Hymnary Friends,

We don't often ask for money.

But, before you hit the "close" button on this box, please consider a donation to keep Hymnary.org going.

You are one of more than half a million people who come here every month: worship leaders, hymnologists, hymn lovers and many more. Here at Hymnary.org, you have free access to the most complete database of North American hymnody on the planet. But this project does not come without a cost, and we have limited sources of revenue.

So if you benefit from Hymnary.org, would you please consider a donation today? Even small amounts help, and they also let us know you're behind us and support what we do.

You can make your tax-deductible contribution by sending a check to Hymnary.org at 3201 Burton SE, Grand Rapids, MI 49546, or you can click the Donate button below to be taken to a secure site.

On behalf of the entire Hymnary.org team,
Harry Plantinga

See what a living stone

See what a living stone

Author: Isaac Watts
Published in 130 hymnals

Full Text

See what a living stone
the builders did reject;
yet God has built his church thereon,
and it is living yet.

The work, O Lord, is yours,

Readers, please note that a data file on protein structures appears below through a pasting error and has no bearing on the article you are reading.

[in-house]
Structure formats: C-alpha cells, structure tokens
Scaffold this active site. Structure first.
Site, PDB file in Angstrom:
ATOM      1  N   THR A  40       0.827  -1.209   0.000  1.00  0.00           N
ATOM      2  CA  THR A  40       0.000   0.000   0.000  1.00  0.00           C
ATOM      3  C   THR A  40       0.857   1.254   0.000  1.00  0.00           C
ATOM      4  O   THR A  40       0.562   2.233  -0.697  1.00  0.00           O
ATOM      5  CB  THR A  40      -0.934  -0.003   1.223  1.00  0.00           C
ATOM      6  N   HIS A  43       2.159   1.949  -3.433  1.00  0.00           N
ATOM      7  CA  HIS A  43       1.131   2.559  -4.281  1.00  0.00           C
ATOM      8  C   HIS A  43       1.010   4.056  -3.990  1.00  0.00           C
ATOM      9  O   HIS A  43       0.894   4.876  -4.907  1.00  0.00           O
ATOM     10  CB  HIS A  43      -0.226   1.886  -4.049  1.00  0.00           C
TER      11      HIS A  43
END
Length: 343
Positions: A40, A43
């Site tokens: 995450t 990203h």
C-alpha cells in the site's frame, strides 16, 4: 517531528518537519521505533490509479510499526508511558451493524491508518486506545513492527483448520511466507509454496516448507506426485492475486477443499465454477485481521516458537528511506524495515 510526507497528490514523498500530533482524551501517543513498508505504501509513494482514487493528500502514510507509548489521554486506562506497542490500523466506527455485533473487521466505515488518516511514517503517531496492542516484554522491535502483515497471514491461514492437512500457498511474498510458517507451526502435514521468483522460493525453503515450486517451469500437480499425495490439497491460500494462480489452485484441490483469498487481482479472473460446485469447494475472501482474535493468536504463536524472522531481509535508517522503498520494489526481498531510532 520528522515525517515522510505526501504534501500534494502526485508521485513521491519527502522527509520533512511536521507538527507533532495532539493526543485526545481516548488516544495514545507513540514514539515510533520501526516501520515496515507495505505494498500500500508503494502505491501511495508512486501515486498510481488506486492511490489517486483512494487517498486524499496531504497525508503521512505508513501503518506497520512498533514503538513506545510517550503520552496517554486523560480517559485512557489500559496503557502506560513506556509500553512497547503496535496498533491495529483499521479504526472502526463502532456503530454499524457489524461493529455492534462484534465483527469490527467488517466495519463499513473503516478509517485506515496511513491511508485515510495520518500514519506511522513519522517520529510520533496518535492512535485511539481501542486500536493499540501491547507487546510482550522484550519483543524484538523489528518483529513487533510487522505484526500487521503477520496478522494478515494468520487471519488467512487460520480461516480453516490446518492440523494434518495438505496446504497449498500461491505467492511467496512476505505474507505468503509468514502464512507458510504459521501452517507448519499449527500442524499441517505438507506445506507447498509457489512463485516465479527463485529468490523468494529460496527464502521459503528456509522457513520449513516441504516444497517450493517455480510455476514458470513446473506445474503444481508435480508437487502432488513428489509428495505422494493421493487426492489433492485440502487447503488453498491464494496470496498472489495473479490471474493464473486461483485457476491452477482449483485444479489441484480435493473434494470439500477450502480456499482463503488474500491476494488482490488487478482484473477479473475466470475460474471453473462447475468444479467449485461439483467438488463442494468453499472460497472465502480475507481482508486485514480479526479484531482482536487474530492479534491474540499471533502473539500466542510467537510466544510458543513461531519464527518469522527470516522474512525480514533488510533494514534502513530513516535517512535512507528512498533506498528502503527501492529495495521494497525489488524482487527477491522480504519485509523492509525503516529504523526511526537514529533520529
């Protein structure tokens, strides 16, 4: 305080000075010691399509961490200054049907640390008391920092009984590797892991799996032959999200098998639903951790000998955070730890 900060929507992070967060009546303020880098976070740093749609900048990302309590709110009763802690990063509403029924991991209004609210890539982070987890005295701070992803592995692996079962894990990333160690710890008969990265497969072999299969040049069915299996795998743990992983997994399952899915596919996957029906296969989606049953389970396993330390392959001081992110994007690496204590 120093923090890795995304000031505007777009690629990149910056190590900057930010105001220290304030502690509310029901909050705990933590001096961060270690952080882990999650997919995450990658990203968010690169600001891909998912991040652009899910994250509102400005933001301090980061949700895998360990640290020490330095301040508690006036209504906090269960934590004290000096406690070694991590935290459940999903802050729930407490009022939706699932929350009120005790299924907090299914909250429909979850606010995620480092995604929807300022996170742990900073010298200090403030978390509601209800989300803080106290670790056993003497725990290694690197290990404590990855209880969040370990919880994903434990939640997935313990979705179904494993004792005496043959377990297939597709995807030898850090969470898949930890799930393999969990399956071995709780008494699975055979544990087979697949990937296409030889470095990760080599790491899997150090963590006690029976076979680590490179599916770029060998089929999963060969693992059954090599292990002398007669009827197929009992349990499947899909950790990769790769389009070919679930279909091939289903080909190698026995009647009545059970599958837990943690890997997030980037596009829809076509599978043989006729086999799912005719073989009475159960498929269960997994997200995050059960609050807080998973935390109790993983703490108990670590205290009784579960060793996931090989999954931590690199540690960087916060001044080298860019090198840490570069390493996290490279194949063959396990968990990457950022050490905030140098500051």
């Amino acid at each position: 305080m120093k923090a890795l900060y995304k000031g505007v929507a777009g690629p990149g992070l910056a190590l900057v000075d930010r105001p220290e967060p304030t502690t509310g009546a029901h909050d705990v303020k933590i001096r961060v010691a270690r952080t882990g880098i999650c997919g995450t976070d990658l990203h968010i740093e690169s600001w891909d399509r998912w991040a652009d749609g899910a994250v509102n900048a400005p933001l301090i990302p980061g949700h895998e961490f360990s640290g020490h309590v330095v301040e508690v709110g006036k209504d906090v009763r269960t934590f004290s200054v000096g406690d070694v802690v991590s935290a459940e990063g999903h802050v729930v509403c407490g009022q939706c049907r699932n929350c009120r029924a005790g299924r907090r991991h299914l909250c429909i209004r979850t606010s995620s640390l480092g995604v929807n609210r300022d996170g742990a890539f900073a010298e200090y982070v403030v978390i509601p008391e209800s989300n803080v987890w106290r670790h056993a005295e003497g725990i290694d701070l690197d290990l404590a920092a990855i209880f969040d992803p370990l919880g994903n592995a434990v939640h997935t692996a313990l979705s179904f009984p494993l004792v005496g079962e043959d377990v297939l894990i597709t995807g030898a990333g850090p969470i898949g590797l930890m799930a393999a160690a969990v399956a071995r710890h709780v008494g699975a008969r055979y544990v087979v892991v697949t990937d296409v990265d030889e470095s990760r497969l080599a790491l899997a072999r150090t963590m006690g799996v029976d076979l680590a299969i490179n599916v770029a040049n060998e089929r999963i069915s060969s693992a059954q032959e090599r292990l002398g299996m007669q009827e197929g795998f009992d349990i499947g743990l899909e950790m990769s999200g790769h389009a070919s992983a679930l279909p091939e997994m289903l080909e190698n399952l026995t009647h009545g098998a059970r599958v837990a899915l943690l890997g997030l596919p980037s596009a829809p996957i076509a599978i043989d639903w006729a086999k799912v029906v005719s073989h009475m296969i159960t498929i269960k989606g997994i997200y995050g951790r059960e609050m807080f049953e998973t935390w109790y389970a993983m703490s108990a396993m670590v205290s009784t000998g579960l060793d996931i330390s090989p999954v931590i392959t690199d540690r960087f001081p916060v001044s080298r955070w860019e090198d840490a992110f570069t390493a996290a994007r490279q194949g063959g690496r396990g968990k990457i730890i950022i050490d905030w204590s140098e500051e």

and wondrous in our eyes;
this day will prove your love is sure:
this day did Jesus rise!

This is the glorious day
that our Redeemer made;
let all rejoice, and sing, and pray,
and let the church be glad.

We bless God's holy word,
which all this grace displays,
and offer at your altar, Lord,
our sacrifice of praise.

Source: In Melody and Songs: hymns from the Psalm versions of Isaac Watts #70

Author: Isaac Watts

Isaac Watts was the son of a schoolmaster, and was born in Southampton, July 17, 1674. He is said to have shown remarkable precocity in childhood, beginning the study of Latin, in his fourth year, and writing respectable verses at the age of seven. At the age of sixteen, he went to London to study in the Academy of the Rev. Thomas Rowe, an Independent minister. In 1698, he became assistant minister of the Independent Church, Berry St., London. In 1702, he became pastor. In 1712, he accepted an invitation to visit Sir Thomas Abney, at his residence of Abney Park, and at Sir Thomas' pressing request, made it his home for the remainder of his life. It was a residence most favourable for his health, and for the prosecution of his literary… Go to person page >


Suggestions or corrections? Contact us